For the past two decades, the transportation industry has operated in an environment of diminishing public funding, escalating costs, and declining ridership, all of which contribute to shortfalls in available income for this vital public service. Improved selection techniques that screen out undesirable drivers and select applicants with the potential for lower absenteeism rates and safer driving behaviors should result in more cost-effective operations. This study identified potential predictors and developed meaningful criterion measures to assess the validity of a variety of measures that might aid in the forecasting of job performance for a sample of 864 bus operators representing 9 bus properties from across the United States and Canada. Job analysis information converged on a tripartite theory of performance that can be described as requiring a bus operator to "Be There," "Be Safe," and "Be Courteous." A predictor composite was created that successfully predicted supervisory ratings of performance as well as objective absence and accidents. Utility analyses indicated that the predictor composite could be employed to reduce the overall operating expenses of bus transit agencies by over $500,000. The tremendous benefits that can be achieved through consortium-type arrangements that develop and utilize such selection systems was discussed.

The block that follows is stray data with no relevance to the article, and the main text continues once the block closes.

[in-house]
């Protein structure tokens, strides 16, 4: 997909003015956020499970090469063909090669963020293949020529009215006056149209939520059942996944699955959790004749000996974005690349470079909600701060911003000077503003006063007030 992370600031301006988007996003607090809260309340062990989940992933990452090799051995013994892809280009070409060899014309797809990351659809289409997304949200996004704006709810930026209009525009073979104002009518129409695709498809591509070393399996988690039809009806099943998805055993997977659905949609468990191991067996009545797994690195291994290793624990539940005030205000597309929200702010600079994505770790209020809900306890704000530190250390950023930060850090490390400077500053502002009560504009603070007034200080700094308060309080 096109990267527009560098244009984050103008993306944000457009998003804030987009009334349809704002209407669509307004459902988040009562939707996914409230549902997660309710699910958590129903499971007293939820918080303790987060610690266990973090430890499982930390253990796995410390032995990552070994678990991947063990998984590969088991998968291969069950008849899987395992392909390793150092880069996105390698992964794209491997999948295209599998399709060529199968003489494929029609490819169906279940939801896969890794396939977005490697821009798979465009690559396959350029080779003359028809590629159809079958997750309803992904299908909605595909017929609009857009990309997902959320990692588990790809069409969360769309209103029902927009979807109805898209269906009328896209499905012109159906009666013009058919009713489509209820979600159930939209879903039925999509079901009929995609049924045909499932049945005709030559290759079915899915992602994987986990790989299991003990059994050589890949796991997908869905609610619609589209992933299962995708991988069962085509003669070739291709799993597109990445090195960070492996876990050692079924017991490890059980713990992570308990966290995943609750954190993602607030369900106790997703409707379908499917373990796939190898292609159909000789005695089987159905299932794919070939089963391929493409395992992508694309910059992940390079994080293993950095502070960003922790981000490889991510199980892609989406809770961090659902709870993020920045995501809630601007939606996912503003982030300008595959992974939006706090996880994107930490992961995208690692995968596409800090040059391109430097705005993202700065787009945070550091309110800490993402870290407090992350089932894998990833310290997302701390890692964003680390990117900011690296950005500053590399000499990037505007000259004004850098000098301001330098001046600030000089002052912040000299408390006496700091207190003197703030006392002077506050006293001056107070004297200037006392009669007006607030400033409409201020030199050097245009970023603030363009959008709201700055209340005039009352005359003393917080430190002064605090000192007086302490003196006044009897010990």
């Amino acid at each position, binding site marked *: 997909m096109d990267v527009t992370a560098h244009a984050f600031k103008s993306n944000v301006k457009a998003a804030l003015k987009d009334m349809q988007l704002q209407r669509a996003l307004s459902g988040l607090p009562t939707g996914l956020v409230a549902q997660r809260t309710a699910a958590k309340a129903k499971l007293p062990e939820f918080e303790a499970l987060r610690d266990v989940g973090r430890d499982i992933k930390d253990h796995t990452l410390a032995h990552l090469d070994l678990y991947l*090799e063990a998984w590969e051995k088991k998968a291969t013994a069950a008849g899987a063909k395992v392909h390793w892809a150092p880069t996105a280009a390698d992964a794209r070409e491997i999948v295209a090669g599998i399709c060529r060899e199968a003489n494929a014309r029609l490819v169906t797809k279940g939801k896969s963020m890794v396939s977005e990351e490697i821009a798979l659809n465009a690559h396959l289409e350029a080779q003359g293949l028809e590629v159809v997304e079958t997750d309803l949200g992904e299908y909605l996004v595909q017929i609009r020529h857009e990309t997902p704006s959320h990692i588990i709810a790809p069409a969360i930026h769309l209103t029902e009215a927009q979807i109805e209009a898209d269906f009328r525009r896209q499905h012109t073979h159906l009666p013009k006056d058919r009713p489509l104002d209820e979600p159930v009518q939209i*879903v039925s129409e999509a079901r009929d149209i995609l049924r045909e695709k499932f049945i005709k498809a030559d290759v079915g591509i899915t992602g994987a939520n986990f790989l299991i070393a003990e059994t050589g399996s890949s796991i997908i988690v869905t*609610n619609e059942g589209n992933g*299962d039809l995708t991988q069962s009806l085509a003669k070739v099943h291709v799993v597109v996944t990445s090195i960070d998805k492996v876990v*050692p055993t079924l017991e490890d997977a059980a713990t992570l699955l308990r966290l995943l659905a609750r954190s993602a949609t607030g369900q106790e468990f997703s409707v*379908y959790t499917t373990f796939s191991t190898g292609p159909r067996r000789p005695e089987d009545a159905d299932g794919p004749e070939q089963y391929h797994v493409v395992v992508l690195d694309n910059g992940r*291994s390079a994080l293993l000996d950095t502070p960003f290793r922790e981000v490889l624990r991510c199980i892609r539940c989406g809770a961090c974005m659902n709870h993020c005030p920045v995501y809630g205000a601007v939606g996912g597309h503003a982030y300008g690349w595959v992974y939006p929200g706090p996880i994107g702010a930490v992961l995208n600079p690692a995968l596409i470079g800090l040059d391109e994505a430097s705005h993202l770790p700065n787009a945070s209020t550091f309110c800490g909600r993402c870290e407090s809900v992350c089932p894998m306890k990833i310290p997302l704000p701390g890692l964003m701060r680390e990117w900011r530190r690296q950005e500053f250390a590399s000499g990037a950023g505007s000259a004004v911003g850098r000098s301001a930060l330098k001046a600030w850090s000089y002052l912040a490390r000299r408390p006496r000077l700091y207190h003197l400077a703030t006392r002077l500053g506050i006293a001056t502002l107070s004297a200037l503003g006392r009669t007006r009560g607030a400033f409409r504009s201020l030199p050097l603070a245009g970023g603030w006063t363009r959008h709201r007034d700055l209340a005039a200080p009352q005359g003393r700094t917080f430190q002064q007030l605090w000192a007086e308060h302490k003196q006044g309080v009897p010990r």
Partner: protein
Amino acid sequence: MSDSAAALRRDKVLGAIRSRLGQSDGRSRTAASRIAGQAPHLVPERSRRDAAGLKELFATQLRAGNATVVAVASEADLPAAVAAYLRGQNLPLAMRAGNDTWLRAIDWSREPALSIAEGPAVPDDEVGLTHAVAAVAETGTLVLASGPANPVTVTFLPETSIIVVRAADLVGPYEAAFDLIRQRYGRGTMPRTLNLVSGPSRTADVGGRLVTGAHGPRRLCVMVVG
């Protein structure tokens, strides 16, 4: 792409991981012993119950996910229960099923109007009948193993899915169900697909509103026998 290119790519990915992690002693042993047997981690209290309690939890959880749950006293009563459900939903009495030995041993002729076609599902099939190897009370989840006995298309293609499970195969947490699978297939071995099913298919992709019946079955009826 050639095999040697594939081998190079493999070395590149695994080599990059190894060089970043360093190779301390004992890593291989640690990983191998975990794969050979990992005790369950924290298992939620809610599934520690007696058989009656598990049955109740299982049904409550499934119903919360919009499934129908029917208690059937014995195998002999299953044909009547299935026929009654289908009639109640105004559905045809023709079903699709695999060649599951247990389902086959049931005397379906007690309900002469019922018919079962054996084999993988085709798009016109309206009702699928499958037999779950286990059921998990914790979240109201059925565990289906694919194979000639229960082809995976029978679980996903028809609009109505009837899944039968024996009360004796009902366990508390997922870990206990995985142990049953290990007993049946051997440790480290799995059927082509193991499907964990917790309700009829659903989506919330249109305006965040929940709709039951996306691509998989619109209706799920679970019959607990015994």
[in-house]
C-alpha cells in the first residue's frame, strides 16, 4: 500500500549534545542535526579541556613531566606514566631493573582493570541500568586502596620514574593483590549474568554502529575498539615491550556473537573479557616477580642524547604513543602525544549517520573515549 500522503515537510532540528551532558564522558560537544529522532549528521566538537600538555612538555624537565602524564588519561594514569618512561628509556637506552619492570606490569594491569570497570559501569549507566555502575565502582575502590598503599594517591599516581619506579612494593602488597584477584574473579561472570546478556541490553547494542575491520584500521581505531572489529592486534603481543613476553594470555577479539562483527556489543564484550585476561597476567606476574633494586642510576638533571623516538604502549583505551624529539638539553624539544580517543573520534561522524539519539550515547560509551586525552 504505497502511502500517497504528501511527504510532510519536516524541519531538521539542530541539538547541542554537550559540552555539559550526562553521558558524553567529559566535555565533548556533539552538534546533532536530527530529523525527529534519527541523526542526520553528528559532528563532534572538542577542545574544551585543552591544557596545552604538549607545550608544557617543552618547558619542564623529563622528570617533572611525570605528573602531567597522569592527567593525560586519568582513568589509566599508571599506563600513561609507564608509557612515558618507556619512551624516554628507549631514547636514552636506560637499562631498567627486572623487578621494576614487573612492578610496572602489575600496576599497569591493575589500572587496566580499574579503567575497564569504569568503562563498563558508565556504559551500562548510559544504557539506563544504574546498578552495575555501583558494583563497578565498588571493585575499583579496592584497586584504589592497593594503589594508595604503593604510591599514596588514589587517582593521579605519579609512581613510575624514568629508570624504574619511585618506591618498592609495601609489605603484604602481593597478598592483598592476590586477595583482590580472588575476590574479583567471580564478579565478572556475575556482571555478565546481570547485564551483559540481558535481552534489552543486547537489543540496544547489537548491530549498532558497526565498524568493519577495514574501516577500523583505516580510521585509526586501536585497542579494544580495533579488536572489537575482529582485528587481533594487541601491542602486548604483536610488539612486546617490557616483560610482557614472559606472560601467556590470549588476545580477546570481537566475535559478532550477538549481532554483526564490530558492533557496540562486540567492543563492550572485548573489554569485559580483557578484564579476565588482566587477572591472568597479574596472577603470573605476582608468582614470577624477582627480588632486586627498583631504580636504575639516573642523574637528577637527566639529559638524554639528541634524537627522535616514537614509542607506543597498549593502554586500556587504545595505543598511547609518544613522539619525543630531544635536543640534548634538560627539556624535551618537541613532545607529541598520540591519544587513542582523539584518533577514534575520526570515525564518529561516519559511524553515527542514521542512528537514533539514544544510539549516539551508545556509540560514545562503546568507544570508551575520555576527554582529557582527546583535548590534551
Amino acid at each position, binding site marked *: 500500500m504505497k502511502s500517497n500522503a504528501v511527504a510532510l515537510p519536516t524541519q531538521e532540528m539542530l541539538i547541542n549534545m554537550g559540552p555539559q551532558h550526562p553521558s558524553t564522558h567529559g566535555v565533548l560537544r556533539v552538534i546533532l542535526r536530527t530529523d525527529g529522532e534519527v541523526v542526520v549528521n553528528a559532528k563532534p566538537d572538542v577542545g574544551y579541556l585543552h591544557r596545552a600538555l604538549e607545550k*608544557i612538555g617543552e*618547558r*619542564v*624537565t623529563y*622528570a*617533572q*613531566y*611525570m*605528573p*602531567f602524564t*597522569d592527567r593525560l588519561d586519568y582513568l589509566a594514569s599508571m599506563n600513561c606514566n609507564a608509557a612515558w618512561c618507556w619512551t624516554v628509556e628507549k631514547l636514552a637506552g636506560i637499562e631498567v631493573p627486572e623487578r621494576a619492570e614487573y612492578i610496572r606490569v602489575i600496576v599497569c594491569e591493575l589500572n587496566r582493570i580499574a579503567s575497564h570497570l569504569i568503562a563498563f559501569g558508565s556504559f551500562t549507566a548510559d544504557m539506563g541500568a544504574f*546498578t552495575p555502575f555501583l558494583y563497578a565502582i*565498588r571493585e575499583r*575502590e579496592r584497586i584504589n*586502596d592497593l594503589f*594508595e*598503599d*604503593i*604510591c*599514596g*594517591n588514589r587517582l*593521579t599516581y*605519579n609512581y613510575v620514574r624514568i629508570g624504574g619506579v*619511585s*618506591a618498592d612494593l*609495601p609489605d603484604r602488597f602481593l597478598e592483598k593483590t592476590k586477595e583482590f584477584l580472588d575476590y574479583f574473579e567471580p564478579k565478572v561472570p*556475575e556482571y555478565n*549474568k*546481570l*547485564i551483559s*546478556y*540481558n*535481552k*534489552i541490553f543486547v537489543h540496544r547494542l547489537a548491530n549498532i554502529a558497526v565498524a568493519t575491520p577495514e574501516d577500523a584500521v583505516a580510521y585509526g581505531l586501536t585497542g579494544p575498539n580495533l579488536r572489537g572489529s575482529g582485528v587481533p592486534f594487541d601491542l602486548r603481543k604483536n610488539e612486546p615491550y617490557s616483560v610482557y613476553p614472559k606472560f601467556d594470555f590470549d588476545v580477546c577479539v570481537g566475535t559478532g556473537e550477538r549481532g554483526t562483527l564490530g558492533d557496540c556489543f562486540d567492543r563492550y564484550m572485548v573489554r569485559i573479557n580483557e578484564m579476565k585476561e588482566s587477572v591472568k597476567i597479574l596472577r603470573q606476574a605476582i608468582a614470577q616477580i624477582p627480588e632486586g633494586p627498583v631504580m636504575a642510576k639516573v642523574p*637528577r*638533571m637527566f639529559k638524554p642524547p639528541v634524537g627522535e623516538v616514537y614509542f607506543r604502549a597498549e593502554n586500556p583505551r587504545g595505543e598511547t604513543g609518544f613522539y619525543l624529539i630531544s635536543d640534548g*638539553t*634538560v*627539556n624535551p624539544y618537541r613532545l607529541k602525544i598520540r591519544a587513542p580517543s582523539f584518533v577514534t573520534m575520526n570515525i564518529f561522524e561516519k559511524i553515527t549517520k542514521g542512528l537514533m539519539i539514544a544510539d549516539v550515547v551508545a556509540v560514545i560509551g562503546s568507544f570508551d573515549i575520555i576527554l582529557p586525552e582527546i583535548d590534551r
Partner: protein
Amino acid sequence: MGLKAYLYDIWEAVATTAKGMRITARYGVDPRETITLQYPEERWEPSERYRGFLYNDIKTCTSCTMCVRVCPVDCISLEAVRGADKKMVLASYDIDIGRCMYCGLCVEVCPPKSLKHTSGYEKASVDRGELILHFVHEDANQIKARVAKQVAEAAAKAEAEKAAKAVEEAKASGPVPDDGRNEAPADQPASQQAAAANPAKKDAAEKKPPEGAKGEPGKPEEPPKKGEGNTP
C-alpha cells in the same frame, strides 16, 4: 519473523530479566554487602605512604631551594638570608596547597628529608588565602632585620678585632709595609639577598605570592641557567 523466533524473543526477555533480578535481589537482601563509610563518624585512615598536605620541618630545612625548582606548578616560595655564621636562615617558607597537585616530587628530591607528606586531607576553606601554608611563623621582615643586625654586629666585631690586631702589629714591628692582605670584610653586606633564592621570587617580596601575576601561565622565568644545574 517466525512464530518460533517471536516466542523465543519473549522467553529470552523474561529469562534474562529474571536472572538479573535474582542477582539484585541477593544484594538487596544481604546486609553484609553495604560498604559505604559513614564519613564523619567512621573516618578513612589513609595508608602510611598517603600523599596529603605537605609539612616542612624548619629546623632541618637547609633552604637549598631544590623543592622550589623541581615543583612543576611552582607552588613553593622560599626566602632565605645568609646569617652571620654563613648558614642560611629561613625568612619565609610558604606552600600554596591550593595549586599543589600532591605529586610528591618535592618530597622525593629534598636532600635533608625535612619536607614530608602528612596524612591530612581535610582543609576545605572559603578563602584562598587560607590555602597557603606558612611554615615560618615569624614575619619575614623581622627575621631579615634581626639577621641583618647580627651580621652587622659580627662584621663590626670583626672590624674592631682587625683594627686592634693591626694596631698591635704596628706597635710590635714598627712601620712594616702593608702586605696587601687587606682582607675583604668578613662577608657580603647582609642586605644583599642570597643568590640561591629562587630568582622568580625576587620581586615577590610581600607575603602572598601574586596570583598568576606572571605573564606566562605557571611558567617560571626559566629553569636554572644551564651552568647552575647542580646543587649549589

All Science Journal Classification (ASJC) codes
- Applied Psychology
- Organizational Behavior and Human Resource Management